From the desks of the Hotel News Now editorial staff:
- Democrats sue for Trump Hotel records
- Jerome Powell nominated as next Fed chairman
- CEOs say brand scale, new tech can also have downsides
- US, Canada hotel results for week ending 28 October
- US job growth accelerates while wages stay flat
Democrats sue for Trump Hotel records: Democrats on the House Oversight Committee have sued the General Services Administration to release the lease documents for the Trump International Hotel, The New York Times reports. There is little legal precedent for a lawsuit of this kind, the article states, but the Democrats do not have control of the committee and do not have subpoena power in either the House or the Senate.
If successful, the GSA would be compelled to provide access to documents related to the hotel’s operations and lease, which they believe will reveal information about “its finances, possible foreign payments to the hotel and the GSA’s ruling that the hotel did not violate the terms of its lease when President (Donald) Trump took office,” the Times reports.
Jerome Powell nominated as next Fed chairman: President Trump has nominated Jerome Powell as the next chairman of the Federal Reserve, breaking the precedent of reappointing sitting Fed chairs, The New York Times reports. Powell currently serves on the Fed’s board of governors.
Powell is expected to follow through with the Fed’s current approach to monetary policy as long as the economy continues to grow, the article states, but it’s unclear what direction he would turn if the economy begins to decline. Though he has supported Chairwoman Janet Yellen’s efforts while on the board, he “has expressed skepticism in the past about the unconventional measures the Fed took after the recession,” according to The Times article.
CEOs say brand scale, new tech can also have downsides: CEOs speaking during the “A view from the top” general session at The Lodging Conference said that while having scale and implementing new technology are necessary to compete, they don’t come without risks, HNN’s Danielle Hess writes.
LaSalle Hotel Properties President and CEO Mike Barnello told attendees that not everyone benefits from the proliferation of brands and the scale of hotel companies.
“We have both. We have a lot of independent hotels; we have pretty much every brand,” he said. “So when we look at those, it’s not (as easy as saying) we’ve got another hotel around the corner, (but) it’s got a different name, (so) there’s no impact at all. There is impact. I don’t know that two years ago there were billions of consumers that were just waiting for (Hilton’s Tapestry) brand to be created. I find that hard to believe.”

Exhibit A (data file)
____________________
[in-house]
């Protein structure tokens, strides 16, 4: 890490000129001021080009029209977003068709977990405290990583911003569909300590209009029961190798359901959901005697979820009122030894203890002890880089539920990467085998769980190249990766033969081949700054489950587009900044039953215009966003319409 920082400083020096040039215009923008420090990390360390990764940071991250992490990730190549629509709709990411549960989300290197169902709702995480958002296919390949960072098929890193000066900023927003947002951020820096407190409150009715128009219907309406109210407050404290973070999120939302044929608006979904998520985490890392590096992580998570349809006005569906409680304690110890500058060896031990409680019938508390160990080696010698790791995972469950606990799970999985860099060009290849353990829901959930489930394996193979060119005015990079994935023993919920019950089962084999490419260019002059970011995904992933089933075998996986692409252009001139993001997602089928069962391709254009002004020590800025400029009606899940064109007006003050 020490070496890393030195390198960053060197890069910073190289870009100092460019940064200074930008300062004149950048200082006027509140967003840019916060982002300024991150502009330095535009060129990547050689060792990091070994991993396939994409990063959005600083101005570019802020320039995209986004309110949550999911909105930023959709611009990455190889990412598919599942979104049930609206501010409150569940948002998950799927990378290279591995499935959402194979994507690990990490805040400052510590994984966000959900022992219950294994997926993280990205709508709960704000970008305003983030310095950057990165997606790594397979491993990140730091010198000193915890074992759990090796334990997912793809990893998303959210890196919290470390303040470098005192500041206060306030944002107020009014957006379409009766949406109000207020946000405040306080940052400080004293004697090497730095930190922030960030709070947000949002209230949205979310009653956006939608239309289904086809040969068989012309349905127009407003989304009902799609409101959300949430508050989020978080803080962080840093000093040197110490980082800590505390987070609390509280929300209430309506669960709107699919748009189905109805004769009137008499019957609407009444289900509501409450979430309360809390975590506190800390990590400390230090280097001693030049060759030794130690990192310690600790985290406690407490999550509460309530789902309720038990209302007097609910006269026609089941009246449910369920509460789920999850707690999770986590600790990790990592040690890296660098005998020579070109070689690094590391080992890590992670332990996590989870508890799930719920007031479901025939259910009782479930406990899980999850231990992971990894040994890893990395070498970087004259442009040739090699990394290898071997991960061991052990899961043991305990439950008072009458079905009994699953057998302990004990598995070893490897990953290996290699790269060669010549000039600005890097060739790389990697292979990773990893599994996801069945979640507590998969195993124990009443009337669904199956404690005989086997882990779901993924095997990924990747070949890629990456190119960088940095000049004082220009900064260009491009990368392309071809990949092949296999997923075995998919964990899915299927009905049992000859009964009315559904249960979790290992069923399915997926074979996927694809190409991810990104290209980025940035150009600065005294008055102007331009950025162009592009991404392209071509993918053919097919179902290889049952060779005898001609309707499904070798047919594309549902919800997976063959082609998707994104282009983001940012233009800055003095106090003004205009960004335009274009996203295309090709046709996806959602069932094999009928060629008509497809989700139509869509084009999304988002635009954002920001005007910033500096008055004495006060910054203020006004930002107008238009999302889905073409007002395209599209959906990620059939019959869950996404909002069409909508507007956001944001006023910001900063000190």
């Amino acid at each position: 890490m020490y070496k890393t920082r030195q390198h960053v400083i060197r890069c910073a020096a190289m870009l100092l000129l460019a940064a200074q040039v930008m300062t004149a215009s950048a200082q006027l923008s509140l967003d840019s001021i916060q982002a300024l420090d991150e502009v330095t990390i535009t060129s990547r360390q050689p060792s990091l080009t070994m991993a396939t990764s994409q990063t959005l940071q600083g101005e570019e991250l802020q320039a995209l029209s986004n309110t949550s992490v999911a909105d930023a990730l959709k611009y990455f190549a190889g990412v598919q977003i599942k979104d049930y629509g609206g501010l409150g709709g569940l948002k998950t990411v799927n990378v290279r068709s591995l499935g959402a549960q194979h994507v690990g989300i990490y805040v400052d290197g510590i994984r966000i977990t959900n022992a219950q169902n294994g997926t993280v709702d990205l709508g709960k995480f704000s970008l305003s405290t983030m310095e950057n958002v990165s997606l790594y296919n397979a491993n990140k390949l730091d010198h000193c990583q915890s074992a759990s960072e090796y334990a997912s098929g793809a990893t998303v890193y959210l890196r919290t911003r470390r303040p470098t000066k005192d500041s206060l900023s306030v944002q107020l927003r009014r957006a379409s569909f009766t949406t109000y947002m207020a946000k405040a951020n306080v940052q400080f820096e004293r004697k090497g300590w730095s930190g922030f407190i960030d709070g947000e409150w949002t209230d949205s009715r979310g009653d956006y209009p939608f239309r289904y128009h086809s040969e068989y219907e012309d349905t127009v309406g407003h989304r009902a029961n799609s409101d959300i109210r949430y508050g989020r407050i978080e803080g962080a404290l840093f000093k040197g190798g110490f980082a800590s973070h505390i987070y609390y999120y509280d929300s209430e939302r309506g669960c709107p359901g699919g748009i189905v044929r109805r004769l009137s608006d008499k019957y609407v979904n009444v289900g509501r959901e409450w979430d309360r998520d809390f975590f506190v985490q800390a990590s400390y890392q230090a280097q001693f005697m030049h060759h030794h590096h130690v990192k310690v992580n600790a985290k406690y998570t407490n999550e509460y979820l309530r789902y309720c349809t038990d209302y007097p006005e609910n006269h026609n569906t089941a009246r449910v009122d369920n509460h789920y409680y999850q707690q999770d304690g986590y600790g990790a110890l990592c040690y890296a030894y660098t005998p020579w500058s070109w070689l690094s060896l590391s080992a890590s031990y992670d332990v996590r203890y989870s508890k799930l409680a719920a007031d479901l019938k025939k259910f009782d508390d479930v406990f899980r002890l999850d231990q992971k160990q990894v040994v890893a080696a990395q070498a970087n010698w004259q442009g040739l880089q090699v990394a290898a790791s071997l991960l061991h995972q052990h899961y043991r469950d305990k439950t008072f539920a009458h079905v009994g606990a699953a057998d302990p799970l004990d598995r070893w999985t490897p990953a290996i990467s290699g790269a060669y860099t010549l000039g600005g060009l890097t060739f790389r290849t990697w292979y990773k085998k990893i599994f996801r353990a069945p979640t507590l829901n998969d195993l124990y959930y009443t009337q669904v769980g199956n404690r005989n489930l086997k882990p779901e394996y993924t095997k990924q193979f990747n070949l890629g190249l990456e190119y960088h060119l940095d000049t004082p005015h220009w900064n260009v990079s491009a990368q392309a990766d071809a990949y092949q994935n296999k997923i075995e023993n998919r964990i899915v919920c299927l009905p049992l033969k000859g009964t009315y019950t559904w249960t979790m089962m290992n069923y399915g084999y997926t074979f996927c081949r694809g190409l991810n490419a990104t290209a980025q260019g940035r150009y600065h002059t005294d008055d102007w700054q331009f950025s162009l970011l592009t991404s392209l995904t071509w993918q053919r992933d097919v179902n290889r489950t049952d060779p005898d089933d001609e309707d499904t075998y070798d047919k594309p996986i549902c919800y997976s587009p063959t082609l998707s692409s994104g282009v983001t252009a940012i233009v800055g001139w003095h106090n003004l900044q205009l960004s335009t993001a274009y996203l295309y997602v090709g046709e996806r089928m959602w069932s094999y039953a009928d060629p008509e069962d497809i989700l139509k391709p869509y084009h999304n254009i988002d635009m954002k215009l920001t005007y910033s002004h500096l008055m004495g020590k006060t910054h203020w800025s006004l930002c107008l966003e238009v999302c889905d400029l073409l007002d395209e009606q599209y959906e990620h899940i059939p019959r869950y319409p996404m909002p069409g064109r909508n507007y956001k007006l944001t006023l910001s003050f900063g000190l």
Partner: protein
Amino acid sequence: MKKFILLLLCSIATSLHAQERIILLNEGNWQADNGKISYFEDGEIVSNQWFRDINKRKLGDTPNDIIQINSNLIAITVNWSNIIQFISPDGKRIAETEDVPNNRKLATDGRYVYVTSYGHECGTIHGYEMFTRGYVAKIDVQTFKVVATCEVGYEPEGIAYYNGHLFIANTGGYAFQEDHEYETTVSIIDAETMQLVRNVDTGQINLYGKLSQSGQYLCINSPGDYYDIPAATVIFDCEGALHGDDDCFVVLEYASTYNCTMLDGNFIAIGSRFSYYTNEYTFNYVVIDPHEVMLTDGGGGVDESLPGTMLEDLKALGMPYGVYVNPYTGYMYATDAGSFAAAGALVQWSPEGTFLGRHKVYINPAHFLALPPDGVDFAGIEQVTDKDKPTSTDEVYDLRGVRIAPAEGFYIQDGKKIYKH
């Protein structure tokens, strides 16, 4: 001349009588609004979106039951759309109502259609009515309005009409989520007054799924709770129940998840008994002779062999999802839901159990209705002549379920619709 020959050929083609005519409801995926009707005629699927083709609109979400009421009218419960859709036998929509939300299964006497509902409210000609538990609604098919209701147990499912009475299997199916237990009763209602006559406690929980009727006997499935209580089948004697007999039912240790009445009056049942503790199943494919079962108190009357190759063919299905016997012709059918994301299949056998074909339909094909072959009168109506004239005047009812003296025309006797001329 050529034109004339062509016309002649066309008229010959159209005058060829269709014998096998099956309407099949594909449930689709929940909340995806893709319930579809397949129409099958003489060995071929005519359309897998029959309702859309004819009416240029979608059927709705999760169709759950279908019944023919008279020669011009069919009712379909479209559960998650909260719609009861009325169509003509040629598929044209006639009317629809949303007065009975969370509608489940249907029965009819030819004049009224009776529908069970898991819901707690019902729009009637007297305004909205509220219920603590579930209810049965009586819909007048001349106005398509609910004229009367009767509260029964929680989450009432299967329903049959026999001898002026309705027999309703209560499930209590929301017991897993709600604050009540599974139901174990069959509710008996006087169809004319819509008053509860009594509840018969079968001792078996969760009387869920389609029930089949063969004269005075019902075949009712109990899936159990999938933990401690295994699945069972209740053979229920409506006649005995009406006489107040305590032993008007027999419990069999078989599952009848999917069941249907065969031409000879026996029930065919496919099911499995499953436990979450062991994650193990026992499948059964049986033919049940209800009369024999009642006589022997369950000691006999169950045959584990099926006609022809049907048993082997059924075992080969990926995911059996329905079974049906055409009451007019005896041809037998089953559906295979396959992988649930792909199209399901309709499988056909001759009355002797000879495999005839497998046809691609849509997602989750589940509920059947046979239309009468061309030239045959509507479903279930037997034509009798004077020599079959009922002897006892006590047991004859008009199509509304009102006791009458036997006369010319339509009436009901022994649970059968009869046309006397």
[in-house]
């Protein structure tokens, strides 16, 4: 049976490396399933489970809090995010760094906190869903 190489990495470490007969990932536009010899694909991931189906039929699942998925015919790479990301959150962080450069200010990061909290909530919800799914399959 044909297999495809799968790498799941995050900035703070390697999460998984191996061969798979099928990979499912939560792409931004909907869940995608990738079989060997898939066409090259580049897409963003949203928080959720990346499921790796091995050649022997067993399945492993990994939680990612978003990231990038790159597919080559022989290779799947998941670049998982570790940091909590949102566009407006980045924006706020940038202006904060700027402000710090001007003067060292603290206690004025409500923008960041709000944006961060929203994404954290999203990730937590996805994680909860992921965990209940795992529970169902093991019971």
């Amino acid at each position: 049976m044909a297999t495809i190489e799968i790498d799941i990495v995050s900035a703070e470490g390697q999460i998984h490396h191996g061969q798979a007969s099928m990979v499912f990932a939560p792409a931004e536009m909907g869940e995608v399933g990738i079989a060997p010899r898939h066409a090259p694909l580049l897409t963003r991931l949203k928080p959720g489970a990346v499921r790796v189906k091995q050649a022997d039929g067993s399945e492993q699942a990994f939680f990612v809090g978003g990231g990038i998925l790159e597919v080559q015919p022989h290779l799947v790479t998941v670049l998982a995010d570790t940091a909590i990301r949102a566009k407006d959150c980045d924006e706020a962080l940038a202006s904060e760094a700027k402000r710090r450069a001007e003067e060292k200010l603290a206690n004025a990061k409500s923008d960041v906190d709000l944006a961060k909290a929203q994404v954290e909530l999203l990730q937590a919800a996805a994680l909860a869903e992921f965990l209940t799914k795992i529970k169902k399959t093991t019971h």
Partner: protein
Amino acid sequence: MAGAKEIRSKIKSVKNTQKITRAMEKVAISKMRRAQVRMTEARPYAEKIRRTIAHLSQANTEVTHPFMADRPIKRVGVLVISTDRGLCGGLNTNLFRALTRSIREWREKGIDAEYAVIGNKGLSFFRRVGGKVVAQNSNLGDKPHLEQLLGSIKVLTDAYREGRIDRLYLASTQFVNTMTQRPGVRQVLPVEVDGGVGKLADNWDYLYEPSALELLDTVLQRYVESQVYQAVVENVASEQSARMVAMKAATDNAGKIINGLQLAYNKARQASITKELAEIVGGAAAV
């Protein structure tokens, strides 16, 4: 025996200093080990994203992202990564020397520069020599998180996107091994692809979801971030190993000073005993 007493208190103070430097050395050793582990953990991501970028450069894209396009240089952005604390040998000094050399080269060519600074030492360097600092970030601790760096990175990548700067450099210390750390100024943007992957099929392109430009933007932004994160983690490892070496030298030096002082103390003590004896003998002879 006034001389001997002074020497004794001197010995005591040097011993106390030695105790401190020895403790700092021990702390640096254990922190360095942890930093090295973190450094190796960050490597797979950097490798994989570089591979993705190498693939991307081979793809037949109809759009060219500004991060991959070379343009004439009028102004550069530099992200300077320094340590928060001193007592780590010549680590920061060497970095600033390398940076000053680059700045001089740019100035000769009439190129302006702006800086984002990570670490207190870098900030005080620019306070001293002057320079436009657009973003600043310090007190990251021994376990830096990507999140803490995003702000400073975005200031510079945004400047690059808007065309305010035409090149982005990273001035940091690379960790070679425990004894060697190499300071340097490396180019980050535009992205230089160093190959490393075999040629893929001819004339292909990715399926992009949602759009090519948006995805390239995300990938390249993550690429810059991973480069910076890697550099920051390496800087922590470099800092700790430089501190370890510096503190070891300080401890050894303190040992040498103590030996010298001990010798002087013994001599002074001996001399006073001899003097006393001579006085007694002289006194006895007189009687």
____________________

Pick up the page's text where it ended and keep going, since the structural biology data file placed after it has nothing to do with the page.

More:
A company that introduces a new brand could end up stealing away guests already loyal to one of its existing brands, he said.
U.S., Canada hotel results for week ending 28 October: The U.S. hotel industry reported positive year-over-year performance for the week of 22-28 October 2017, according to data from STR, HNN’s parent company. Occupancy grew 4% to 69.8%, and average daily rate grew 2.6% to $129.44, combining for an increase in revenue per available room of 6.7% to $90.32.
Post-Hurricane Harvey demand led to Houston reporting the largest year-over-year increase in occupancy (+34.9% to 85.9%), ADR (+14% to $120.89) and RevPAR (+53.8% to $103.82) among the top 25 markets.
Canada also reported positive year-over-year results. Occupancy grew 7.7% to 69.5%, and ADR increased 6% to 150.74 Canadian dollars ($118.29), lifting RevPAR 14.1% to CA$104.84 ($82.27).
Nova Scotia saw the largest increase in RevPAR among the provinces and territories, growing 32.7% to CA$116.69 ($91.57) because of the week’s largest increase in ADR of 14.7% to CA$148.35 ($116.41).
U.S. job growth accelerates while wages stay flat: Data from the U.S. Department of Labor shows job growth sped up in October, with nonfarm payrolls growing by 261,000 jobs during the month as 106,000 leisure and hospitality employees returned to work, Reuters reports. It marks the biggest increase since July 2016, but still felt short of economists’ expectations of 310,000 new jobs.
Hourly earnings fell by 1 cent, keeping the percentage flat, mainly because those returning to the job market were lower-paying industry workers, the article states. The year-over-year increase came to 2.4% in October, the smallest increase since February 2016, while wages grew 0.5% in September, which was a year-over-year increase of 2.9% for that month.
Compiled by Bryan Wroten.